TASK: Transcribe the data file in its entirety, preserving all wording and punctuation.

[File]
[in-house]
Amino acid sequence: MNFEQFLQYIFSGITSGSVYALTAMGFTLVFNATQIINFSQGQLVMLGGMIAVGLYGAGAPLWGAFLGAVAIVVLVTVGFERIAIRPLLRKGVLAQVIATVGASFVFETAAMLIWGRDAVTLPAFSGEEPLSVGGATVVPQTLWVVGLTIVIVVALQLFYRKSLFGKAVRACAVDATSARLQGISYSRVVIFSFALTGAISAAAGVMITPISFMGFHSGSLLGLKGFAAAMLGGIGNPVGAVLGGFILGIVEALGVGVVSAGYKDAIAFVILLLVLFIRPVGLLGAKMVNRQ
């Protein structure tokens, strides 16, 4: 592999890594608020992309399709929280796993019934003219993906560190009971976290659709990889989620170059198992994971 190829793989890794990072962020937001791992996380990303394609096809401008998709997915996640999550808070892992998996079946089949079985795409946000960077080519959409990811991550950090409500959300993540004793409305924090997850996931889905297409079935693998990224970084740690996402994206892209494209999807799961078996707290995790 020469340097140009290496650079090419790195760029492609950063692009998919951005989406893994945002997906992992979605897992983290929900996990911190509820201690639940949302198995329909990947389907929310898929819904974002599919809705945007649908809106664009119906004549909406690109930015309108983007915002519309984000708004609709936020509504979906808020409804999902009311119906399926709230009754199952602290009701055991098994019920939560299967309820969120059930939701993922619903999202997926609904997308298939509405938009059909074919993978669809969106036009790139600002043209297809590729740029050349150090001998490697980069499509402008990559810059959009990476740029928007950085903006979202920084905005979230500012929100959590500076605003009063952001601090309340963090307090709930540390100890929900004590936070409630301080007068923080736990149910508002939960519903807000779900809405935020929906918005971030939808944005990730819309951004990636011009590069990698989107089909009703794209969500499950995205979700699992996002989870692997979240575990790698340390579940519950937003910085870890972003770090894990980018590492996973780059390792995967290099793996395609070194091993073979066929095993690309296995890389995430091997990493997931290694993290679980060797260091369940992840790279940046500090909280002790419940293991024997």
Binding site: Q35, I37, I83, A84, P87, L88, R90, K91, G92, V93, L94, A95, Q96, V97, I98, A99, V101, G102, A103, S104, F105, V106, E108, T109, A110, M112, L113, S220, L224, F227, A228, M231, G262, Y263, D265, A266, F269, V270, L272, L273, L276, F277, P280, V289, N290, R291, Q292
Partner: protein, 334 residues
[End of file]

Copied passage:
[in-house]
Amino acid sequence: MNFEQFLQYIFSGITSGSVYALTAMGFTLVFNATQIINFSQGQLVMLGGMIAVGLYGAGAPLWGAFLGAVAIVVLVTVGFERIAIRPLLRKGVLAQVIATVGASFVFETAAMLIWGRDAVTLPAFSGEEPLSVGGATVVPQTLWVVGLTIVIVVALQLFYRKSLFGKAVRACAVDATSARLQGISYSRVVIFSFALTGAISAAAGVMITPISFMGFHSGSLLGLKGFAAAMLGGIGNPVGAVLGGFILGIVEALGVGVVSAGYKDAIAFVILLLVLFIRPVGLLGAKMVNRQ
């Protein structure tokens, strides 16, 4: 592999890594608020992309399709929280796993019934003219993906560190009971976290659709990889989620170059198992994971 190829793989890794990072962020937001791992996380990303394609096809401008998709997915996640999550808070892992998996079946089949079985795409946000960077080519959409990811991550950090409500959300993540004793409305924090997850996931889905297409079935693998990224970084740690996402994206892209494209999807799961078996707290995790 020469340097140009290496650079090419790195760029492609950063692009998919951005989406893994945002997906992992979605897992983290929900996990911190509820201690639940949302198995329909990947389907929310898929819904974002599919809705945007649908809106664009119906004549909406690109930015309108983007915002519309984000708004609709936020509504979906808020409804999902009311119906399926709230009754199952602290009701055991098994019920939560299967309820969120059930939701993922619903999202997926609904997308298939509405938009059909074919993978669809969106036009790139600002043209297809590729740029050349150090001998490697980069499509402008990559810059959009990476740029928007950085903006979202920084905005979230500012929100959590500076605003009063952001601090309340963090307090709930540390100890929900004590936070409630301080007068923080736990149910508002939960519903807000779900809405935020929906918005971030939808944005990730819309951004990636011009590069990698989107089909009703794209969500499950995205979700699992996002989870692997979240575990790698340390579940519950937003910085870890972003770090894990980018590492996973780059390792995967290099793996395609070194091993073979066929095993690309296995890389995430091997990493997931290694993290679980060797260091369940992840790279940046500090909280002790419940293991024997």
Binding site: Q35, I37, I83, A84, P87, L88, R90, K91, G92, V93, L94, A95, Q96, V97, I98, A99, V101, G102, A103, S104, F105, V106, E108, T109, A110, M112, L113, S220, L224, F227, A228, M231, G262, Y263, D265, A266, F269, V270, L272, L273, L276, F277, P280, V289, N290, R291, Q292
Partner: protein, 334 residues